Polymerase Chain Reaction was performed in BIO-RAD T100™Thermal Cycler (Hercules, CA USA). PCR products were separated into 1,5% agarose gels and visualized, using BIO-RAD ChemiDoc™ MP Imaging System (Hercules, CA USA).
Relative gene expression was analyzed by Real-Time PCR using ViiA7 instrument (Thermo Fisher Scientific, ViiA™ 7 Software v.1.1 Waltham, MA USA). ACTB was used as an endogenous control. The following TaqMan probes were used in the Real-Time PCR reaction: ACTB- Hs01060665_g1, MUC16- Hs01065189_m1, HIF1α- Hs00153153_m1, HIF2α (EPAS1)- Hs01026149_m1, NANOG- Hs04260366_g1, DNMT3A- Hs01027166_m1, DNMT3B- Hs00171876_m1, HDAC1- Hs00606262_g1, HDAC2- Hs00231032_m1, CDH1- Hs01023894_m1 (Thermo Fisher Scientific, USA).

Western blotting

Cells were lysed in a lysis buffer (1% NP40 in 20 mM Tris -Sigma – Aldrich, St. Louis, MO USA, pH 7,4) with protease inhibitor cocktail (Sigma – Aldrich, St. Louis, MO USA). Protein concentrations of the samples were determined using a Bradford Reagent (Sigma – Aldrich, St. Louis, MO USA). The proteins (20 µg) were separated by electrophoresis in 10% SDS polyacrylamide gels, and then transferred to PVDF membrane (BIO-RAD, Hercules, CA USA). Membranes were incubated with a 5% low fat milk/TBST (50 mM Tris, 150 mM NaCl, 0.1% Tween 20; Sigma – Aldrich, St. Louis, MO USA) for 1 hour, and then they were incubated overnight with anti-Nanog antibody (polyclonal, 1 : 500; Abcam, Cambridge, England, United Kingdom) or anti-HIF1α antibody (monoclonal, 1 : 500; Abcam, Cambridge, England, United Kingdom) at 4°C. After washing, the membrane was incubated with HRP-conjugated secondary antibodies (1 : 5000; Cell Signaling Technology, Boston, MA USA). The study was performed using an enhanced chemiluminescence method (17). The signal intensity was analyzed using ChemiDoc MP Imaging System (BIO-RAD, Hercules, CA USA) and normalized on the basis of β-Actin (1 : 1000; Sigma – Aldrich, St. Louis, MO USA) levels.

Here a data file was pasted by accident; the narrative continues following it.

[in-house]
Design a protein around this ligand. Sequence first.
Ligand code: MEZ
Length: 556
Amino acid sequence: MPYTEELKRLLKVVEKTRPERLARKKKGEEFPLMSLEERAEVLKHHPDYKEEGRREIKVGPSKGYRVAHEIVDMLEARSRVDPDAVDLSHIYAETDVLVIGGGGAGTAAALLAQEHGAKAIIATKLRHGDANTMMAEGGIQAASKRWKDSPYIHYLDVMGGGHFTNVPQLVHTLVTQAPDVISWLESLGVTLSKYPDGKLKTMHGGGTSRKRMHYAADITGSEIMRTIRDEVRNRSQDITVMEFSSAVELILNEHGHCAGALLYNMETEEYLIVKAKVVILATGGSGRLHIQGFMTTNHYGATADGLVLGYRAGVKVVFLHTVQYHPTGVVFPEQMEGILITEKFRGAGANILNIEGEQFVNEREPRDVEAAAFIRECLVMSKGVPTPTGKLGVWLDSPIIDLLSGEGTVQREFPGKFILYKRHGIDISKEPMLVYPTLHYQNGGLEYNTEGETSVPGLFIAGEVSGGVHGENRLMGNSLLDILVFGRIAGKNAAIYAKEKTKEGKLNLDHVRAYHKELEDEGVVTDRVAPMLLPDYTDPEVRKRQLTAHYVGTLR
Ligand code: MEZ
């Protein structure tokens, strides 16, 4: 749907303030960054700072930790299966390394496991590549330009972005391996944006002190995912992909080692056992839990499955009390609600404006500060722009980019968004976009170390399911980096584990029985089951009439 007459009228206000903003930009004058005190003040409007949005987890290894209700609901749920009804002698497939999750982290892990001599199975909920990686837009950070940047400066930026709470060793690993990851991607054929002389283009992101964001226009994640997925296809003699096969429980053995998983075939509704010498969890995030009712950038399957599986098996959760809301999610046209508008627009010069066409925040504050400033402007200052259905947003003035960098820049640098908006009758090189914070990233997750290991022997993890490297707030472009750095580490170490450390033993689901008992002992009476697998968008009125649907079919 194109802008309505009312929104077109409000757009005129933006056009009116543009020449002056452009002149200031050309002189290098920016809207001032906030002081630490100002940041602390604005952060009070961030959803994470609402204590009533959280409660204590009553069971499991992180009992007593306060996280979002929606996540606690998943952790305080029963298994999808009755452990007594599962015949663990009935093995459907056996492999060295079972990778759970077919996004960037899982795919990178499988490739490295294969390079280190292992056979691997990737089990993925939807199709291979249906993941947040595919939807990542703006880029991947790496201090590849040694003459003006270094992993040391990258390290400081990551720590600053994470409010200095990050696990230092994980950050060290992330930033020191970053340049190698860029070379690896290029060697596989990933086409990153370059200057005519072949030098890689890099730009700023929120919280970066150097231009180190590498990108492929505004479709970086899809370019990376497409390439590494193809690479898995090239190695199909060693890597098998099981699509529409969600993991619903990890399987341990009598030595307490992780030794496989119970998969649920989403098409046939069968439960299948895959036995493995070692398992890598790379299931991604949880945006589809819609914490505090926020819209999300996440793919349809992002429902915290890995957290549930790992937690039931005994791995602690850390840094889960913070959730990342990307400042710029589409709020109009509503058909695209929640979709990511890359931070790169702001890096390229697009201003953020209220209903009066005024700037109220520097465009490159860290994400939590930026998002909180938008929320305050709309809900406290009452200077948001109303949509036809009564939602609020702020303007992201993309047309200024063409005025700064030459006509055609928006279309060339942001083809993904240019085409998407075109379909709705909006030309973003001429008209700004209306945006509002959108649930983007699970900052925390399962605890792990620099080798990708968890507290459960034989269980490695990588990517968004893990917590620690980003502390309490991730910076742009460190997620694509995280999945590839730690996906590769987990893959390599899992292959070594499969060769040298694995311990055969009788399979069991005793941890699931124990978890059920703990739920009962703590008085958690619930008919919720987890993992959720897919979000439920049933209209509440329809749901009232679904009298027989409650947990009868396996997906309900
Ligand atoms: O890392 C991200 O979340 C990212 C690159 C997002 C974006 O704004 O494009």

Statistical analysis

The statistical analysis was conducted using GraphPad Prism 6 computer software by GraphPad Software Inc. The results of the experiments were analysed by One-way ANOVA and Bonferroni’s multiple comparisons test in order to determine the statistically significant differences between the control and the studied samples. The differences were considered statistically significant at the confidence level below 0,05.


Pluripotency genes and telomerase reverse transcriptase activity